boston city hall plaza pride flag gay marriage same-sex marriage More than a dozen candidates have submitted paperwork to run for mayor of Boston. Credit: Michael Naughton/Metro

City election officials said it could take weeks to determine which Boston mayoral candidates will appear on the September primary ballot.

Tuesday was the deadline for candidates to submit nomination papers with the signatures of at least 3,000 registered voters. Election workers will now verify each signature, which may take until the June 25 deadline.

Two dozen people initially took out nomination papers, according to the Boston Election Department, but only 18 returned them.

 

Three hopefuls — Suffolk District Attorney Dan Conley, City Councilor at Large John Connolly and former state Rep. Martin Walsh — have already been certified.

The Boston Globe reported that 12 others said they had turned in enough signatures to qualify.

The remaining candidates included city councilors Felix Arroyo, Rob Consalvo, Michael Ross and Charles Yancey; ex-school committee member and neighborhood leader John Barros; radio station executive Charles Clemons; Hyde Park resident William Dorcena; businessman John Laing; Dorchester David Portnoy; former state Rep. Charlotte Golar Richie; community activist Bill Walczak; and Roxbury resident David James Wyatt.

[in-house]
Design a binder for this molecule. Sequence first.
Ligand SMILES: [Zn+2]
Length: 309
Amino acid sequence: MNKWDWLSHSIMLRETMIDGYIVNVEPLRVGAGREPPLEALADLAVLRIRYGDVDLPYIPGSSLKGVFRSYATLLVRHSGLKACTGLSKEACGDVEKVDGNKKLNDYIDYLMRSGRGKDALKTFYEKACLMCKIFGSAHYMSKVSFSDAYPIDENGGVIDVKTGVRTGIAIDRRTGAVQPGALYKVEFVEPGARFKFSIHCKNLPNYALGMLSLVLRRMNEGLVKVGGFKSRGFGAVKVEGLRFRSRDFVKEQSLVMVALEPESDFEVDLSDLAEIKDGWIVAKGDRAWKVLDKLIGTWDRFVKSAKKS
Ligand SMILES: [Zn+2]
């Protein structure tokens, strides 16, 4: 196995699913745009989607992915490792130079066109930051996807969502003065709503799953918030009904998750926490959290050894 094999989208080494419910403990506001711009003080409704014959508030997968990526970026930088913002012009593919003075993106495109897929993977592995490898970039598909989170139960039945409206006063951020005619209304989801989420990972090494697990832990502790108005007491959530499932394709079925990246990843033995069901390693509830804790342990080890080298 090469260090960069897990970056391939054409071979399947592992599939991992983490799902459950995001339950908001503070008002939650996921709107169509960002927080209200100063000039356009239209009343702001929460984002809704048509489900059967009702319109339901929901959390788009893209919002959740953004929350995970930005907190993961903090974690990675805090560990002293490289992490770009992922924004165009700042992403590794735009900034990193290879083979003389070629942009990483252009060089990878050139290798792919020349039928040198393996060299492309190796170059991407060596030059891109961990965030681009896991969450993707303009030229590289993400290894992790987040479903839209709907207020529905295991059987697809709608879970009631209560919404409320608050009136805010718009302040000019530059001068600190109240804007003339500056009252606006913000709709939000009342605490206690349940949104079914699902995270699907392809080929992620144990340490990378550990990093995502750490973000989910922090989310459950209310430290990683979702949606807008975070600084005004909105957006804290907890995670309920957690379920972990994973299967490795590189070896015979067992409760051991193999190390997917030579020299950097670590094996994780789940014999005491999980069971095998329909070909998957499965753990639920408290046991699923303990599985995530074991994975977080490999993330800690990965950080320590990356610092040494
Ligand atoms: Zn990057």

The top two vote-getters in the Sept. 24 primary will face off in the general election Nov. 5.

It's the first open race for the city's top job since 1983. The jockeying for position began as soon as Boston Mayor Thomas Menino announced in March that he won't run for a sixth term.

Menino is the longest-serving mayor in U.S history. He took office in 1993, promoted from his position as president of the city council after then-Mayor Ray Flynn became U.S. ambassador to the Vatican.

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